Paralyzed Former Speed Climber Hauls Himself Up Hong Kong Skyscraper

A paraplegiac Chinese climber hauled himself 800 feet up a building in Hong Kong to raise money for exoskeleton research.

 

Paraplegic climber Lai Chi-wai, of Hong Kong, scaled nearly to the top of a 1,050-foot skyscraper in his hometown last Saturday. Though he stopped after about 800 feet, battered by high winds, the 38-year-old managed to raise over HK$5.2 million ($700,000 USD) for charity, with the funds going towards research on robotic exoskeletons for those with spinal injuries.

Paralyzed from the waist down after an automobile accident in 2011, when he was only 28, Chi-wai was previously a top-ranked speed climber. He took gold for Speed two-years in a row (2002, 2003) in the IFSC Asian Championships and also podiumed with silvers in the same category in 2000 and 2006. He also reportedly was the first Chinese X-Games winner for Speed Climbing.

On the fifth anniversary of his accident, Chi-wai jugged up Hong Kong’s famous Lion Rock, a 500-meter granite monolith which looms over the city. Now, five years later, the motivational speaker and activist attempted to perform a similar stunt on the 1,050-foot Nina Tower, to “express the Lion Rock spirit in an urban jungle,” he said in an interview with The New York Times

Unfortunately, a little over halfway up, high winds began to twist his ropes and toss his wheelchair back and forth, nearly slamming him into the building on several occasions. He was forced to constantly pause to untangle his lines, and the strain began to wear on him. Chi-wai eventually threw in the towel 200 feet from the top.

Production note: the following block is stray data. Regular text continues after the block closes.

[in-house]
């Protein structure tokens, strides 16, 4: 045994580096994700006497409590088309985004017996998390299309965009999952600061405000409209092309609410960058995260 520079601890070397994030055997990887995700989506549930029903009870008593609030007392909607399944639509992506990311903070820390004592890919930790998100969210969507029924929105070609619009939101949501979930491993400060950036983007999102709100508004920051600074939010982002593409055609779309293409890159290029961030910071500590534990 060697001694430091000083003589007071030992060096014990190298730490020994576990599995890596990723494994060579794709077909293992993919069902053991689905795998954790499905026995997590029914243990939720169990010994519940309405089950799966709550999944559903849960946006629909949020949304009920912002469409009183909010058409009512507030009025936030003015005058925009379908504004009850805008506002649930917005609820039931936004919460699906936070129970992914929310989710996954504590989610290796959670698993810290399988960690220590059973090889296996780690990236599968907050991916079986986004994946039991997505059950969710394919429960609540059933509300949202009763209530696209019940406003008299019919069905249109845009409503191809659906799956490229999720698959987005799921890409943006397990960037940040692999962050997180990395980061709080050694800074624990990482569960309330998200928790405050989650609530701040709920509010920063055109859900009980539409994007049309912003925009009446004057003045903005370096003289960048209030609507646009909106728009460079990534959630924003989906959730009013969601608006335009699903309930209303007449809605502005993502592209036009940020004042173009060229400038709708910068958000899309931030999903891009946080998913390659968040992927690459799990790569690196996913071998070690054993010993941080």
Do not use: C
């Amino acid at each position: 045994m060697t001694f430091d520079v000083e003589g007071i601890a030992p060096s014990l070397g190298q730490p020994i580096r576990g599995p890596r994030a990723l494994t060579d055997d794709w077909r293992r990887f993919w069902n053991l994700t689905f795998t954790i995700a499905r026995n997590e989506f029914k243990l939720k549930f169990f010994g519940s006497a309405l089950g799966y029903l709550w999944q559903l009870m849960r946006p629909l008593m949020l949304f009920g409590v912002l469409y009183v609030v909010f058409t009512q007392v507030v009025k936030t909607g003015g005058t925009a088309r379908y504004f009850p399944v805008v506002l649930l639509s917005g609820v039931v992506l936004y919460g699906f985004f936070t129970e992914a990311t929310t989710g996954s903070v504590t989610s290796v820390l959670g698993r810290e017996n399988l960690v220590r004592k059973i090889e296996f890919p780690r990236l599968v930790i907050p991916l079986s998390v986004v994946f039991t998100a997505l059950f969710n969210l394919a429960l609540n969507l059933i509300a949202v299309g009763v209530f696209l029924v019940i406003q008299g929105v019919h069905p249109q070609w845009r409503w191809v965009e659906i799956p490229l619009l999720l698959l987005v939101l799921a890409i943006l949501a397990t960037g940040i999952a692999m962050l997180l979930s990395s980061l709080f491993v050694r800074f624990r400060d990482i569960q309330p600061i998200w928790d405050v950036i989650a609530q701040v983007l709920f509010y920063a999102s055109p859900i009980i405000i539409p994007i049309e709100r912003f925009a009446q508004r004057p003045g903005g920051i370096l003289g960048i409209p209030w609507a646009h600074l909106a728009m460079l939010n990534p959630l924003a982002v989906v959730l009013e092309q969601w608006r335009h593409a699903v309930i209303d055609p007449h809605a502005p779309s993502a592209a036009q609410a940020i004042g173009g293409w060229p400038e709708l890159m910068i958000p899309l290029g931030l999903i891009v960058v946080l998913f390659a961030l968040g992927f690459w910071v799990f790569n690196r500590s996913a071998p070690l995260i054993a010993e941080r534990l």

After the climb, which took over 10-hours, his fingers were purportedly so raw and blistered that he only could use the tips of his thumbs to spin the wheels of his wheelchair.

“I can only accept this version of events,” he said in the NYT interview. “But as an athlete, I don’t know if this is the best ending. I don’t have closure yet. I’m still looking for answers.” 

Although he turned back just shy of his urban summit, Chi-wai’s efforts weren’t in vain. The stunt boosted the spirits of many in Hong Kong, a city wracked by protests and the pandemic in the last year. Furthermore, his feat continues to bring in donations.

 


 

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Owen Clarke is a writer currently based in a barn in Tennessee. He is a columnist for Rock & Ice, Gym Climber, and The Outdoor Journal. He also writes for Atlas Devices and BAÏST. He enjoys Southern sandstone and fish tacos, and is afraid of heights.

Follow him on Instagram at @opops13.

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